What Can YOU Do?
First of All, What is Bullying?
After you read through and finish this Smore, please keep in mind that you will not be a coward or pegged as weak if you choose to walk away from a bully, because it takes surprising strength to keep your fists at your side, and your head held high when you walk away from a bully or abuser.
When is Teasing/Harassment Bullying?
However, when someone simply calls you a name once, and especially if that person is your friend or you know them well, you can deal with it yourself and it is not bullying.
So What Can You Do to Prevent/Stop Bullying?
Face to Face bullying is much harder to prevent and stop, but if you are a simple on-looker or passerby, you can help out by taking the victim away from the scene and standing up for them; tell the bully that what they are doing is wrong — and even though it's very difficult, keep the biting comments to yourself. As good as telling a bully off feels, it could only fuel the bully to do much worse later.
Lesser-Known Types of Bullying
The Reverse Victim
Sometimes the reason a bully becomes a bully is because they have low self esteem themselves, they just feel like making someone else's life look worse than there's; the main cause of this is because they have been bullied before as well (home-life, past school, etc...); this type can also be confused with standing up for yourself, and often involves the bully getting bullied back.
This type of bullying is not as commonly caught and dealt with as other types, and can be more serious than the other types. This type of bullying can encompass all other types of bullying quite easily, especially since kids don't usually have a good grasp on what is seriously wrong and hurtful compared to jesting and teasing. This type most often includes skin colour, race, wealth/poverty, religion, and even family name.
It may seem appealing to a bully that they are not face-to-face with the person they are bullying. They could text you to remind you that will always have a way of demoralizing you, and this can cause severe anxiety. The other appeal seen with this type of bullying is that it is not a school or work related case; therefore the bully thinks no one can do anything about it.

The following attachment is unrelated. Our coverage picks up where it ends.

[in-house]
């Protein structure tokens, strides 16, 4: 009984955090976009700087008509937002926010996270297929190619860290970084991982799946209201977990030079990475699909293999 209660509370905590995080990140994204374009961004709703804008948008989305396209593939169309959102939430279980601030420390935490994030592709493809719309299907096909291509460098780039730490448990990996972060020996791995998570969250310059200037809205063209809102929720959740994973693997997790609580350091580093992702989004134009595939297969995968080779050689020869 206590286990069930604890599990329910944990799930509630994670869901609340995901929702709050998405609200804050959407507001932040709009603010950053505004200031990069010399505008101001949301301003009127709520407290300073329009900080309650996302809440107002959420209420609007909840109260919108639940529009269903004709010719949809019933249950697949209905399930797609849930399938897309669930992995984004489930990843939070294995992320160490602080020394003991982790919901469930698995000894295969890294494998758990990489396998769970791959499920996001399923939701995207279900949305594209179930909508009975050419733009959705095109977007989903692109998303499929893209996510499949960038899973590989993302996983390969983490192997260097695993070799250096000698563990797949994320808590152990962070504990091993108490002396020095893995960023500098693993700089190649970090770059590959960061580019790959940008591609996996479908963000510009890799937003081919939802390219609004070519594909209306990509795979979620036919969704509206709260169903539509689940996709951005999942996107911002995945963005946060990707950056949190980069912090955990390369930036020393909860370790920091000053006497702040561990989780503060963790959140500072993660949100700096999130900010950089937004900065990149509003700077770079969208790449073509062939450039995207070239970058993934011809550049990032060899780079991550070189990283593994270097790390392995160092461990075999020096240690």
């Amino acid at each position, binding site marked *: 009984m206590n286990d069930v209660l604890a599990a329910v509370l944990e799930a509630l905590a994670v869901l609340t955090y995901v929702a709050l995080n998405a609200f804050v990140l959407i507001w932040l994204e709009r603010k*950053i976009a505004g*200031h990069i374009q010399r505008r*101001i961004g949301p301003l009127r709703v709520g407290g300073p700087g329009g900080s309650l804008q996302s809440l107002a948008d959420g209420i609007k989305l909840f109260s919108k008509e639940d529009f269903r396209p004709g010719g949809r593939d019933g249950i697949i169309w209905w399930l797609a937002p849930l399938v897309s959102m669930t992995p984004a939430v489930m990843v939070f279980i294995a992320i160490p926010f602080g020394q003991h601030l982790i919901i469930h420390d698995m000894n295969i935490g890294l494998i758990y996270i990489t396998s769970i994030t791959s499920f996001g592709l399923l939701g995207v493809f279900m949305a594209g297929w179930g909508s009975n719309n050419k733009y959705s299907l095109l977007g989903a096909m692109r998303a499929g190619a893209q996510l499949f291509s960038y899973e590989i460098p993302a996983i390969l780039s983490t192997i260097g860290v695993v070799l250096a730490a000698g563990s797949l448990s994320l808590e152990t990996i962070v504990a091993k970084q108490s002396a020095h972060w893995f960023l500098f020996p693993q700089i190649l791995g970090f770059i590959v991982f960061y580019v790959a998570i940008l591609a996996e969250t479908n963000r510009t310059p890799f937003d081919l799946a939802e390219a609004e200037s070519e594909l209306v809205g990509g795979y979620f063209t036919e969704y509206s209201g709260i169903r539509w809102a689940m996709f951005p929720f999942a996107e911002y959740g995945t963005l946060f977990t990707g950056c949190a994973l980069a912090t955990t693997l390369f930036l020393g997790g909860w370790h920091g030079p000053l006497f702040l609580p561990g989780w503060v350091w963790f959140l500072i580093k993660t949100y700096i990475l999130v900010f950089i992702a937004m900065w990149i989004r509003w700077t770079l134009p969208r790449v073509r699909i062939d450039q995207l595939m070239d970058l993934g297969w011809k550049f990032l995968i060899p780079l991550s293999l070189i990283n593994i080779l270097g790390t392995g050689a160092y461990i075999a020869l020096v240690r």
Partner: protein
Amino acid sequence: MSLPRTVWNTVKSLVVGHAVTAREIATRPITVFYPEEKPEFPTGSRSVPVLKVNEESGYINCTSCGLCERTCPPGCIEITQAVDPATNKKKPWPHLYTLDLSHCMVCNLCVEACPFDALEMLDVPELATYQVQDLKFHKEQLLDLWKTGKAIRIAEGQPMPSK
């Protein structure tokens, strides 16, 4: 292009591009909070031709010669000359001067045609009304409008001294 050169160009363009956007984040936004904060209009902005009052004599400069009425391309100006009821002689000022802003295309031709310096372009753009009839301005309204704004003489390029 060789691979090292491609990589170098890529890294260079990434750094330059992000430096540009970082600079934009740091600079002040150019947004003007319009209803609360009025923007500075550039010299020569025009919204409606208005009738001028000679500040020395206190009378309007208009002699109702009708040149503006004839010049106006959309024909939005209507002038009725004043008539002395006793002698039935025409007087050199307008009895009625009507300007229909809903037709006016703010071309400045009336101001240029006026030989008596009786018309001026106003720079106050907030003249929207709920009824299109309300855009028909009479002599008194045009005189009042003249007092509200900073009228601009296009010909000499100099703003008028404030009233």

The Reverse Victim
Ideas that Could Change Things at Van Meter School
Instead of brushing off bullying with a "Boys will be boys," or "Girls will be girls," we could take a different approach. Van Meter School could introduce a policy that does not tolerate threatening teasing and harassing; nip the harassment in the bud — before it becomes bullying! With this policy, though, students who are being bullied also need to pull their weight to make it work, which is where we would like to propose a time frame. Give the victim 2-3 days after the bullying takes place to report it, after that though, you can tell them that it is not in your power to control anymore. Give the victim time to decide whether or not they really want to approach authority about it, but also give school authority a chance to not have to deal with petty things that the victim and 'bully' could figure out themselves.
This way, when the school authority is bothered, they will be able to see that the issue at hand is worth dealing with, instead of sending the victim away to be bullied some more until they involve parents and/or police.
Have gym meetings once or twice a year with the whole student body, where you explain the harm that comes with bullying, and the consequences of being a bully. Gym meetings really work, because after discussing the issues, we are all refreshed and look out for it a lot more. The main issue with bullying is that some people just don't care when they walk by and see it, and we need to change that.
Muscari, Mary. "How Can I Help Teens Who are Victims of Bullying."Medscape Multispecialty. WebMD LLC, 25/10/10. Web. 15 Jan 2014. <http://www.medscape.com/viewarticle/579988>
"The Need For Attention." Bullyonline. N.p., n.d. Web. 15 Jan 2014. <http://www.bullyonline.org/workbully/attent.htm>
Gordon, Sherri. "6 Types of Bullying." Bullying.about. about.com, n.d. Web. 15 Jan 2014. <http://bullying.about.com/od/Basics/a/6-Types-Of-Bullying.htm>